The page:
Monday, May 22, 2006

Allegheny College Bookstore

After four hours of math as a spectator sport on Friday, the family and I headed up to Meadville's Allegheny College to check out their redesigned bookstore. In the past, the bookstore was in the basement of what I think was the post office. It was tiny and cramped, but had a great selection.
Now in their new location, in the union, with comfy chairs and glass walls it is, bar none, the best used book store in the region. I pulled over $100 worth of $3.50 books in less than half an hour including The Golem's Mighty Swing, an edition of Coming Through Slaughter that I had never seen before, and a collection of Pickney Benedict. But, the tyranny of choice got to me - the family was anxious to go to the Market House gallery and everything looked so good, I put it all back (even the hard cover Black Hole)making plans to come back later. But, if you're into books at all, you've got to check this store out....

"Art" was a good show, although, let's face it, by this time in my life I know I'm, never going to be happy or satisfied with anything I do. It was, however, very cool to see Mr and Mrs Big Jack Earl at the show.

Saturday was a reading/workshop at which I was appearing. The less said, the better.

But enough about me:
Talk about uncomfortable. In Saturday's News-Herald Oil Region Alliance board member Neil "I never met a oily robber baron I wouldn't want to kiss hard on the lips" McElwee spoke of his contempt for Edwin Drake saying,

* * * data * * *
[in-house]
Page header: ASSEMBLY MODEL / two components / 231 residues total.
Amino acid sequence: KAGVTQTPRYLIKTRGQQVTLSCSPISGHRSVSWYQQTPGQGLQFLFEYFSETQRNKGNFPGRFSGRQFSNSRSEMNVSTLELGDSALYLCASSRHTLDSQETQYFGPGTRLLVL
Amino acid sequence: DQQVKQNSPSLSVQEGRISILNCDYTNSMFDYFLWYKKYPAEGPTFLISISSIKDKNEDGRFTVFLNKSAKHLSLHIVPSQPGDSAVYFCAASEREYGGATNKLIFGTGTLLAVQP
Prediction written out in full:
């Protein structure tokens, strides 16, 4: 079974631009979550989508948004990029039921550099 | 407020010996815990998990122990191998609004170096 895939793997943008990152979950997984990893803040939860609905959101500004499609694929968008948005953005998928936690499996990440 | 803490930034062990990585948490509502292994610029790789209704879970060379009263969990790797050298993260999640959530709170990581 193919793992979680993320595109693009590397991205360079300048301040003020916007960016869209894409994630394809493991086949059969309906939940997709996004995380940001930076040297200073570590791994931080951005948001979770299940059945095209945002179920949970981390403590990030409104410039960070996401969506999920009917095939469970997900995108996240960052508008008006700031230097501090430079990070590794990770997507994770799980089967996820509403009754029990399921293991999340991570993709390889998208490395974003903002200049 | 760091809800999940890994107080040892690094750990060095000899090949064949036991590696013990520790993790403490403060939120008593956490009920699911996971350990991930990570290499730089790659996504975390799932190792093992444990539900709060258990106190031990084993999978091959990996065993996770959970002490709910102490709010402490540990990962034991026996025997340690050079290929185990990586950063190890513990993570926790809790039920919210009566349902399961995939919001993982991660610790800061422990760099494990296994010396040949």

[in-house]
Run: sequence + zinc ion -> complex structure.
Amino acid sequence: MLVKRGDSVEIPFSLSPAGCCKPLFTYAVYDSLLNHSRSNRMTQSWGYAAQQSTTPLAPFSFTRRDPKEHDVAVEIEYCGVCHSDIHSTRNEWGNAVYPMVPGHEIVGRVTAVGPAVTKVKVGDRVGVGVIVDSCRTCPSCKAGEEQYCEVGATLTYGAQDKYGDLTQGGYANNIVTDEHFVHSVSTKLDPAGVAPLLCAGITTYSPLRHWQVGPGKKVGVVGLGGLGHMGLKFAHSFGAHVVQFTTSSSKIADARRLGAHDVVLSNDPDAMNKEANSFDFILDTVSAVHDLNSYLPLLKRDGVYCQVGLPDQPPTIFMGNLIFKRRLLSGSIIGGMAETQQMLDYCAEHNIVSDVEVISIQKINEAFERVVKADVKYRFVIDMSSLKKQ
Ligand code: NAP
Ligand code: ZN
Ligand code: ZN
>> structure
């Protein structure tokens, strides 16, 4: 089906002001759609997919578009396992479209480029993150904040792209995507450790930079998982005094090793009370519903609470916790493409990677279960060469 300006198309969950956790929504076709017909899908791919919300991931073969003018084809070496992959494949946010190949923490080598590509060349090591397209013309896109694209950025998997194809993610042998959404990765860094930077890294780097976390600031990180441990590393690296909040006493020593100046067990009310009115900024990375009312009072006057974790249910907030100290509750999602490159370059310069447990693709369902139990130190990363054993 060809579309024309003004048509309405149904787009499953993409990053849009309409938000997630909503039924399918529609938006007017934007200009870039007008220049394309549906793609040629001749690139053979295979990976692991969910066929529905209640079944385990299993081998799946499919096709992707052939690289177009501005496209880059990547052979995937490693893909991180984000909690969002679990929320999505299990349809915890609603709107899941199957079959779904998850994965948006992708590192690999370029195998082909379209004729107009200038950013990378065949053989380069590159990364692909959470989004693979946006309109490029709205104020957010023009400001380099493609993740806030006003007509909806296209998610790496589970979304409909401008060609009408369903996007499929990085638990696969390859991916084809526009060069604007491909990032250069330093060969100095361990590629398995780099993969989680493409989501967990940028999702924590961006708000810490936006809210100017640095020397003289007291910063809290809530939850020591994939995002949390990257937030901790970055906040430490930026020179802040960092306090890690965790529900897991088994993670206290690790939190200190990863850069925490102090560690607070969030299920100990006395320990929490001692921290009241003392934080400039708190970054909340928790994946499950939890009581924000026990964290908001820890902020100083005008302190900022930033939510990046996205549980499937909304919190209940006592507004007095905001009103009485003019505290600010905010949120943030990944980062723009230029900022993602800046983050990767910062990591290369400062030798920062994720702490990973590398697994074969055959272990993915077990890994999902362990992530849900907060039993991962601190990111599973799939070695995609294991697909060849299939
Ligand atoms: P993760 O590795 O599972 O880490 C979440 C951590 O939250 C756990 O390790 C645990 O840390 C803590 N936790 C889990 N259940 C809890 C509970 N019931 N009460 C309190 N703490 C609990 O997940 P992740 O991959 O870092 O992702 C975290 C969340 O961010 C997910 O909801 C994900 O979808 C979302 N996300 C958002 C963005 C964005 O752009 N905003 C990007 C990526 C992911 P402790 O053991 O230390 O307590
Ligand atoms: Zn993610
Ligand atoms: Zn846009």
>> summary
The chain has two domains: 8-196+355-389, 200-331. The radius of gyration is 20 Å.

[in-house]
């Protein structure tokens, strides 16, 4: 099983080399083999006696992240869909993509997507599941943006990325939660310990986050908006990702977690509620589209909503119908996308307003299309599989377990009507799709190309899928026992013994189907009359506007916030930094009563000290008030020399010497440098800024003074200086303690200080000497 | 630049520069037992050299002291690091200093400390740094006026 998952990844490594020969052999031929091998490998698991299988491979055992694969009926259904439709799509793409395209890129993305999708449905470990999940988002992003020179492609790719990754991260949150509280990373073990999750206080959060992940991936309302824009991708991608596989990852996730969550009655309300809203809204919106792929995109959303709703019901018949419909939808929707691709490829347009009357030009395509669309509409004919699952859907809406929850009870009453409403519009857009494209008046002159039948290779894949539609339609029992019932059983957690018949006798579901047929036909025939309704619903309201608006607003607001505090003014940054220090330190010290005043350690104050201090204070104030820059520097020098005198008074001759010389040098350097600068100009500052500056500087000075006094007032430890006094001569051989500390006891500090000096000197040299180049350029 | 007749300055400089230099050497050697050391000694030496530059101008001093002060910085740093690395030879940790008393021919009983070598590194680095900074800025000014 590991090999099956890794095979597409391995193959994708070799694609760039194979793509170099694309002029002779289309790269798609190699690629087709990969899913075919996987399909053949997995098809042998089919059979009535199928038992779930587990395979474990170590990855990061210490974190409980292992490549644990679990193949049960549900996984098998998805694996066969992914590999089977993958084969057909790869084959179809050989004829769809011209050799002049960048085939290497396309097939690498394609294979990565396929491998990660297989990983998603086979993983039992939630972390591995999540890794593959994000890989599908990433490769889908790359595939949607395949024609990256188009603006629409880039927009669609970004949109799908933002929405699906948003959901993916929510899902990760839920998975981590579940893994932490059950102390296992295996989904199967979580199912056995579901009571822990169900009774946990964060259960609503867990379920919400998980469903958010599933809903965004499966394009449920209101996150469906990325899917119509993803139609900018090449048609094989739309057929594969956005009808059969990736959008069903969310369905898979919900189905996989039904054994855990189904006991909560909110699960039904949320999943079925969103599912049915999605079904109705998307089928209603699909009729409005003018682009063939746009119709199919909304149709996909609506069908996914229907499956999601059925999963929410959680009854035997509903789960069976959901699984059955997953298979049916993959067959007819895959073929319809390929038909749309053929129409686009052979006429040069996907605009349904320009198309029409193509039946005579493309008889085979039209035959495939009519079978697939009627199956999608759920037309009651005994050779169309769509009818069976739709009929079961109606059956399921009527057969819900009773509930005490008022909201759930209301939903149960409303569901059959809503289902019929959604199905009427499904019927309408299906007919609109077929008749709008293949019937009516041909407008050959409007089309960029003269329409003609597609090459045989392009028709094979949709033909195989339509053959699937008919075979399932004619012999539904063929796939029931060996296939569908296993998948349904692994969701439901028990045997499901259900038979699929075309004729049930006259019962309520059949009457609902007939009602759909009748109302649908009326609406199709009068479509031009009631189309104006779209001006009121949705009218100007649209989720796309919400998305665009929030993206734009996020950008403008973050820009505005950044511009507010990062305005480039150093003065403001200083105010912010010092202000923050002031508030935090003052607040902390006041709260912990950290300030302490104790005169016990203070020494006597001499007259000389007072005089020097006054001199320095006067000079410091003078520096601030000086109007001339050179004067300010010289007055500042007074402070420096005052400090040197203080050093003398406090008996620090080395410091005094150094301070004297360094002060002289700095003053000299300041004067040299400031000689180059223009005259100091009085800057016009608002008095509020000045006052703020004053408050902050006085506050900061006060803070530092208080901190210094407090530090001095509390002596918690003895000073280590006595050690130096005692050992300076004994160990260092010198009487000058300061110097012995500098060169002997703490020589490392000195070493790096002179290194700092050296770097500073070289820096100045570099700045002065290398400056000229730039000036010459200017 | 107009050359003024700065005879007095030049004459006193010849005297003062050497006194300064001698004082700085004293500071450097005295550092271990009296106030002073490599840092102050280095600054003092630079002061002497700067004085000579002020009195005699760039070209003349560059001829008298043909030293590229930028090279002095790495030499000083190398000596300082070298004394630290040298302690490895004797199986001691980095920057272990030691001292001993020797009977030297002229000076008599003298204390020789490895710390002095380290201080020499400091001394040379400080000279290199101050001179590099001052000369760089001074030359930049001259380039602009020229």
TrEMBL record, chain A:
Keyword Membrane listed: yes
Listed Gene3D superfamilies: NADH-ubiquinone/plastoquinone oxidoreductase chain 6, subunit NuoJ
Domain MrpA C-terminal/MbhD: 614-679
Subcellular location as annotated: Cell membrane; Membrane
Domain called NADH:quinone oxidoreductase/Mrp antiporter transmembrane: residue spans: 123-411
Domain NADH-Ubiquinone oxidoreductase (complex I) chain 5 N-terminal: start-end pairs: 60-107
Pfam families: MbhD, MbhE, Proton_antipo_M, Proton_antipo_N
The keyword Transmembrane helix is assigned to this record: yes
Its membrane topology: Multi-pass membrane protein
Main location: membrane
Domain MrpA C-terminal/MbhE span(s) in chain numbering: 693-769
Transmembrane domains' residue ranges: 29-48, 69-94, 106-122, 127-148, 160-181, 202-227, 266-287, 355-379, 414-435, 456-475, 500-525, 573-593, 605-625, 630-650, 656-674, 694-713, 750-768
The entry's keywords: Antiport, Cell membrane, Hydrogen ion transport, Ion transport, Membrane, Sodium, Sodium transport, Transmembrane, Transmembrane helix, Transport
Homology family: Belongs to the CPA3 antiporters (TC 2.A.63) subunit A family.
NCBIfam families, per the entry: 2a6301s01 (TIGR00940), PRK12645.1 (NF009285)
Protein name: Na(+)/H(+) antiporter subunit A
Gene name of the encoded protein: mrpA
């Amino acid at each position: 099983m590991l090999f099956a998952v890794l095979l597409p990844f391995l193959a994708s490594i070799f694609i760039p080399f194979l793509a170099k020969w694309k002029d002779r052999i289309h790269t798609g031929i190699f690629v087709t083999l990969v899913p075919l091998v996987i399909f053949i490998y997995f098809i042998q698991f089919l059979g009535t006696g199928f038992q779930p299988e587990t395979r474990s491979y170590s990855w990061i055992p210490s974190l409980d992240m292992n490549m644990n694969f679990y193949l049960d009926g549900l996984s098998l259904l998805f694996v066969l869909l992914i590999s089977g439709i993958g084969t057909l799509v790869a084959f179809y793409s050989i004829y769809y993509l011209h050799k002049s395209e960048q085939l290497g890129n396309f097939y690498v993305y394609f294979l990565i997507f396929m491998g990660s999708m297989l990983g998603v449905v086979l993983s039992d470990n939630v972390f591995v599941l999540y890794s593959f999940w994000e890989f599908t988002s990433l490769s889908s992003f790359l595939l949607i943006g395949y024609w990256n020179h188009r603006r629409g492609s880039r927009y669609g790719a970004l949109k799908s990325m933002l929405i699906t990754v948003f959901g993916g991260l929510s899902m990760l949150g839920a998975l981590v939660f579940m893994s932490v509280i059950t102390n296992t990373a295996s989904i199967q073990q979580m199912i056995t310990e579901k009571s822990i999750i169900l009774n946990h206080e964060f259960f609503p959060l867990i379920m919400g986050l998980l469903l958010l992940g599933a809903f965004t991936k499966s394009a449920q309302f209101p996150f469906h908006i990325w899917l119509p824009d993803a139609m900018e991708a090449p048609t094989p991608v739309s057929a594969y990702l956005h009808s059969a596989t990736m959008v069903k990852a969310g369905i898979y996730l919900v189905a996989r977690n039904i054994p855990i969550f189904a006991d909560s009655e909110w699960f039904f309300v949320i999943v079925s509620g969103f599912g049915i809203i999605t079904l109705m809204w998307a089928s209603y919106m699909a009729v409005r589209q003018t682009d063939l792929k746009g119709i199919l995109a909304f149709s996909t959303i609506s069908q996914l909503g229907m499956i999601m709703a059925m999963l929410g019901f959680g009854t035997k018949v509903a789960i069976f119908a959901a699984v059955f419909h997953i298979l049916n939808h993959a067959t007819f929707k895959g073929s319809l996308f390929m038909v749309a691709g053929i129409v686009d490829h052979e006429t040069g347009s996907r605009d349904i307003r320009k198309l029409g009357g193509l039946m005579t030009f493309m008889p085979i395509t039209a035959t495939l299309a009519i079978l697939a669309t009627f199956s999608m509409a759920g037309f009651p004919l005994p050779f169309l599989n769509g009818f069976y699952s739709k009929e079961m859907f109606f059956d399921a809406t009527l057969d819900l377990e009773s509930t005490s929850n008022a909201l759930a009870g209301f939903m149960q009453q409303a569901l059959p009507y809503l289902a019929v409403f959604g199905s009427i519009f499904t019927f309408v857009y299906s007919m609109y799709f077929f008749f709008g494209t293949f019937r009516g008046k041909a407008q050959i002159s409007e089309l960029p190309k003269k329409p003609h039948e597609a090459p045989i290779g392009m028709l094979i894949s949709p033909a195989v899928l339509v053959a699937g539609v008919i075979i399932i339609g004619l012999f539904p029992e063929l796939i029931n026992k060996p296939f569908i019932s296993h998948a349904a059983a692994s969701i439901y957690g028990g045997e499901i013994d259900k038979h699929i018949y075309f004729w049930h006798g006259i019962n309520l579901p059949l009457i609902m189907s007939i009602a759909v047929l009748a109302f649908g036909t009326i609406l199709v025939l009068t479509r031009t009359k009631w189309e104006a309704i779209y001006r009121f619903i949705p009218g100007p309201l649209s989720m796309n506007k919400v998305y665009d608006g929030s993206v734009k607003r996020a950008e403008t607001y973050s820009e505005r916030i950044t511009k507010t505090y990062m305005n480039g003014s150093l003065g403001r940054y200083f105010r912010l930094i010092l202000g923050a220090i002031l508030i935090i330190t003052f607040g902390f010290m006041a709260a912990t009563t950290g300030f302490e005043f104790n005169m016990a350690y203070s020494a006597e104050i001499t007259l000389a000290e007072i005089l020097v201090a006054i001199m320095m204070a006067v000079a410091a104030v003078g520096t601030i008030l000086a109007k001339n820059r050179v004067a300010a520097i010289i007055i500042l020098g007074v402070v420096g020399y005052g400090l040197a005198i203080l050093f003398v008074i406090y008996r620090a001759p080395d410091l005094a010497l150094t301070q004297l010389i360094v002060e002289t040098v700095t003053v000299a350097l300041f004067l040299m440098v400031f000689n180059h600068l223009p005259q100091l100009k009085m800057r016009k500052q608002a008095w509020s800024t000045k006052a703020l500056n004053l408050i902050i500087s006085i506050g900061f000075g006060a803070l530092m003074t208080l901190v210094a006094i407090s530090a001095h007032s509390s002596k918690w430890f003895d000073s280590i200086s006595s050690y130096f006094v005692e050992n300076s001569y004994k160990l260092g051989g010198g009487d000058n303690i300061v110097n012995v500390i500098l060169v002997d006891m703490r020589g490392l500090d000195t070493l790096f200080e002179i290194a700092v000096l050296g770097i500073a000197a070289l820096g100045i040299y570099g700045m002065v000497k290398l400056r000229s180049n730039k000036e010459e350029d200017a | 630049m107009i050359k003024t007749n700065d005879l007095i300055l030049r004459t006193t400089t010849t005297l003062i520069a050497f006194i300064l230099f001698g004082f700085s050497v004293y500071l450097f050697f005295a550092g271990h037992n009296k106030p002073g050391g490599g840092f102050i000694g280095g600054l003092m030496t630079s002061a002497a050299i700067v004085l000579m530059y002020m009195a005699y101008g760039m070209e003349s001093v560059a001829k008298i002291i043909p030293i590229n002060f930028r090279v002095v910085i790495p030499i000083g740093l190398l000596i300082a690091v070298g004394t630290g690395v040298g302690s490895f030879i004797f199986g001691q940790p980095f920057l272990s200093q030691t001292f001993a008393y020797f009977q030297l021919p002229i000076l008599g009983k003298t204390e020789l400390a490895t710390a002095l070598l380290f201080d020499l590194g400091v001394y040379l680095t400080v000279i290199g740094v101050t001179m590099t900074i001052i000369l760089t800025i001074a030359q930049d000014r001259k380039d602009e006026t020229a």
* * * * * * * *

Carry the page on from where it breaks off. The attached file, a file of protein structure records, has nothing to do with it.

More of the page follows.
"There are two types of history. The real stuff and the popular folklore that's easy to relate [to]...It
[the father of the petro disaster, er, industry] wasn't Drake. That's for kids."
Meanwhile, his wife, Lois, is quoted in the same paper this morning as spearheading the drive for a Edwin Drake stamp. "We want a postage stamp commemorating the 150th anniversary of the petroleum industry, one that will coincide with the 2009 date," said Lois McElwee of Oil City...McElwee is the sesquicentennial coordinator who is leading the campaign to globally commemorate style Col. Edwin Drake's fortuitous drilling escapade on Aug. 27, 1859, near Titusville. Drake's successful oil well launched the petroleum industry and marked the Oil Valley as its birthplace.
Phew. See what happens when you let the little lady speak for herself?

The Erie Times News has an update on the Warner Theatre renovation.

The Syntax of Things has a great post about the crapshoot that is getting anything published...

As I move into the Burroughes chapter of my next project, I thought you might be interested in this collection of ol' WSB's cut-up movies.

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